Eddie Cheever, the 1998 Indianapolis 500 winner, is not surprised that the current discussions about head injuries in football would have implications for auto racing.
“I think all of that really started with boxing," said Cheever, now a commentator for ABC and ESPN. “And then it migrated from boxing to football, and now you’re going to find it migrating into other sports where you deccelerate really quickly like racing. I would agree with Sarah."
Cheever said he lost consciousness in two crashes during his career, and wonders if those hits have affected him later in life.
“I’ve had my lights turned off twice and I don’t know if that affects you, because as you get older, you tend to lose a lot of short-term memory, so you don’t know if it’s that or something else," Cheever says. “But I don’t think it is good for you. I take my hat off to Sarah for saying that."
When Cheever’s son asked to play football, he said no.
“I will not let my son play football, for that specific reason, any more than I would let him box. When I was a child, I wanted to do boxing, I went to a Catholic school. And my father, who was … strong, said there is no way I will let you box because you’ll get silly."
But Cheever has let his son race.
“That’s a very good point," Cheever says. “I have let my son race. But I would never consider letting him play football. And I don’t want to be offensive, I think it’s a great sport."
Fisher has no regrets about her time in the car.
“I knew a lot going in," Fisher says. “It’s part of the sport. To me I was just a fearless 19-year-old kid. Lyn St. James has had two knee reconstructions, I think, and some of the old guys, I sat with (A.J.) Foyt over at my restaurant talking to him. So it’s a part of it. It’s a part of sports."
Cheever echoes Fisher’s comments about how racing safety has improved, specifically pointing to the SAFER barrier.
“Every time someone hits the wall around here, or at the majority of speedways around the United States, they should write a thank-you letter to Tony George," Cheever says. “Because it was on his watch that that investment was made without any return, other than the safety of the drivers. I think racing, as a whole, does a particularly good job of trying to stay one step ahead. But it is not a topic that you reach a final conclusion to — ‘OK, we’re safe now.’ That doesn’t happen."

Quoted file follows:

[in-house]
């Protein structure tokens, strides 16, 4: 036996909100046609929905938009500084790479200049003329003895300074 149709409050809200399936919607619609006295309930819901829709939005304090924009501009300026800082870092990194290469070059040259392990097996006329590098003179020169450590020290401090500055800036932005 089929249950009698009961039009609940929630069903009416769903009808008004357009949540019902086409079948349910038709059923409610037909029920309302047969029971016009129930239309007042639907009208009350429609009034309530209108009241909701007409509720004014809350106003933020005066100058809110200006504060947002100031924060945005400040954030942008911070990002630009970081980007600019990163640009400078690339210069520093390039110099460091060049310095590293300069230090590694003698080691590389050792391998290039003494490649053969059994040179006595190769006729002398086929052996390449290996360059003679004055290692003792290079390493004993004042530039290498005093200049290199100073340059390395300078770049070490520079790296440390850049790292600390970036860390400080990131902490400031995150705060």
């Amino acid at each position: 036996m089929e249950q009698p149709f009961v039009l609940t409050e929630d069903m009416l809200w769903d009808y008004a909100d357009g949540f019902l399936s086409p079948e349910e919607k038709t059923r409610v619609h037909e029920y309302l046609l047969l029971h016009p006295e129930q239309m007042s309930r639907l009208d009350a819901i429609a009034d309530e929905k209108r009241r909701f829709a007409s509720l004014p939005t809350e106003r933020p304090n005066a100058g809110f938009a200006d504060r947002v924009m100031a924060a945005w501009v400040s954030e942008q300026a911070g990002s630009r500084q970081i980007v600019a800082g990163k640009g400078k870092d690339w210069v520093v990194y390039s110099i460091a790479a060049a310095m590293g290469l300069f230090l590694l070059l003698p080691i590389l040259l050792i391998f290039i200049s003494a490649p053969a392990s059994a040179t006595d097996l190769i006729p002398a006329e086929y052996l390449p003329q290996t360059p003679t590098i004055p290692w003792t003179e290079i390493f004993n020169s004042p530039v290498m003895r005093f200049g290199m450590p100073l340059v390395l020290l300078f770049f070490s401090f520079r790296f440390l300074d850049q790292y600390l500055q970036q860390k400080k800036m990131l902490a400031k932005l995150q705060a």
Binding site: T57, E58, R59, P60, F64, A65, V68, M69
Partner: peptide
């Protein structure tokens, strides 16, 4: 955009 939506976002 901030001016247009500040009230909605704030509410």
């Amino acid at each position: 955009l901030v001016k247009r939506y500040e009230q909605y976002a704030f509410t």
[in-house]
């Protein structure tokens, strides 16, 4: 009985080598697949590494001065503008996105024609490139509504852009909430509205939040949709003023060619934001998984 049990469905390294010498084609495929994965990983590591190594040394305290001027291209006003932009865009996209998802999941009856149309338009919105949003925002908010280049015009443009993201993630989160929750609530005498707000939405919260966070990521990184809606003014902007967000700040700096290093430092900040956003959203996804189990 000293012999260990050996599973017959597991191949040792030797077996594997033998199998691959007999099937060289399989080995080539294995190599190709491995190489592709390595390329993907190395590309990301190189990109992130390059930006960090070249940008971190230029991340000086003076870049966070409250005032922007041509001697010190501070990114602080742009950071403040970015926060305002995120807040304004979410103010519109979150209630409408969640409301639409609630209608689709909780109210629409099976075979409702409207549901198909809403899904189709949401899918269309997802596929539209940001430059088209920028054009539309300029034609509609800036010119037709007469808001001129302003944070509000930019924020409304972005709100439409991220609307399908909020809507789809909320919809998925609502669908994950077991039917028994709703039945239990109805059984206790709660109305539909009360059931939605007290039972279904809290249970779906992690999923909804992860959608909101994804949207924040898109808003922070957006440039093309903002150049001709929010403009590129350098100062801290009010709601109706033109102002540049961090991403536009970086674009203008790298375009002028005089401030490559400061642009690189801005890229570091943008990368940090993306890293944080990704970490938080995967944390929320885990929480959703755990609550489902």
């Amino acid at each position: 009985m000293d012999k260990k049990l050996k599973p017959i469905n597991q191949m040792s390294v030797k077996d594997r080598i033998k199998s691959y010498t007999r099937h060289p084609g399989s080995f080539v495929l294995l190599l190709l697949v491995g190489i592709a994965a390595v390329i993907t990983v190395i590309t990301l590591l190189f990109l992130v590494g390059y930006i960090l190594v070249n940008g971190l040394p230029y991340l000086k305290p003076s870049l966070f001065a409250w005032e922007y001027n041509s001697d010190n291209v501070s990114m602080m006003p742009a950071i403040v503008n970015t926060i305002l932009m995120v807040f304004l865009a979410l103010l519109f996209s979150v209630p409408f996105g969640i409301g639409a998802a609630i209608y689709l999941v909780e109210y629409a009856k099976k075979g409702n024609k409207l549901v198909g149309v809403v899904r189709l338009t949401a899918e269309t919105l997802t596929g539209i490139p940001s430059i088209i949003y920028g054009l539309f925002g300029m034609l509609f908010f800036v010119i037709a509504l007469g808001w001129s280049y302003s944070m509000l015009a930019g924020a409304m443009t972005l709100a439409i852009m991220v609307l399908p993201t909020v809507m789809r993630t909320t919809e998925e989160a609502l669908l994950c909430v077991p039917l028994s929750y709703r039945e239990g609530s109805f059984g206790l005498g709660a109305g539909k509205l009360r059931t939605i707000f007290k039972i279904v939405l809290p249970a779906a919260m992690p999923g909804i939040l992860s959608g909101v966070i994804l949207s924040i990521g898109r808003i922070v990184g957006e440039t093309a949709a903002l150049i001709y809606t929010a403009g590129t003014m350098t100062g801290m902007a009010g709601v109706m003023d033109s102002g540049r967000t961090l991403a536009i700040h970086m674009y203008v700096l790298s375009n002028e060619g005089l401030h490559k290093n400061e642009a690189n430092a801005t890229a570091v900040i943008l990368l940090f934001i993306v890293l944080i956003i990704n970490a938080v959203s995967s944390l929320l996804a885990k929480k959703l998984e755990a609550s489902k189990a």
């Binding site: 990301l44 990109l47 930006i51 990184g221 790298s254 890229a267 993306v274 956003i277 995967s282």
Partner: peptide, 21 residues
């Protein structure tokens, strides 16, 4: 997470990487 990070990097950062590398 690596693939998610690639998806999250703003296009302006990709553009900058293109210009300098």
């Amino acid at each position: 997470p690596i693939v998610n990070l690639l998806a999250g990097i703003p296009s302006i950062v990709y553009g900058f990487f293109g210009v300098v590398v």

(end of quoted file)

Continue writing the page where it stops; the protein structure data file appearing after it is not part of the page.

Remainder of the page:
Cheever remembers wearing asbestos firesuits in the 1980s — “and they were not good asbestos suits," he says — and wonders if that gave him lung problems. He also remembers racing overseas with a noxious fuel blend that “if you brought it in the United States, the EPA would throw you in jail within 20 minutes."
“Yet we did all that, because we didn’t know any better," Cheever said. “Now, all the sanctioning bodies have resources, financial resources, that allow them to follow through with those questions."
For now, Fisher is taking DHA, a supplement that may help brain function. From time to time, some forgotten moments from her past are returning.
“Some of the memories come back because as I look at my family books and family pictures," Fisher says. “It’s popping back into my brain, which is neat to recover."
But does she worry about some of the long-term health concerns that athletes in other sports are experiencing?
“I don’t know," she says. “I can’t worry about it. And I’m trying to help my brain with some DHA, and every now and then my dad does some research. And so, you know, we’ll see." Chris Jenkins/USA Today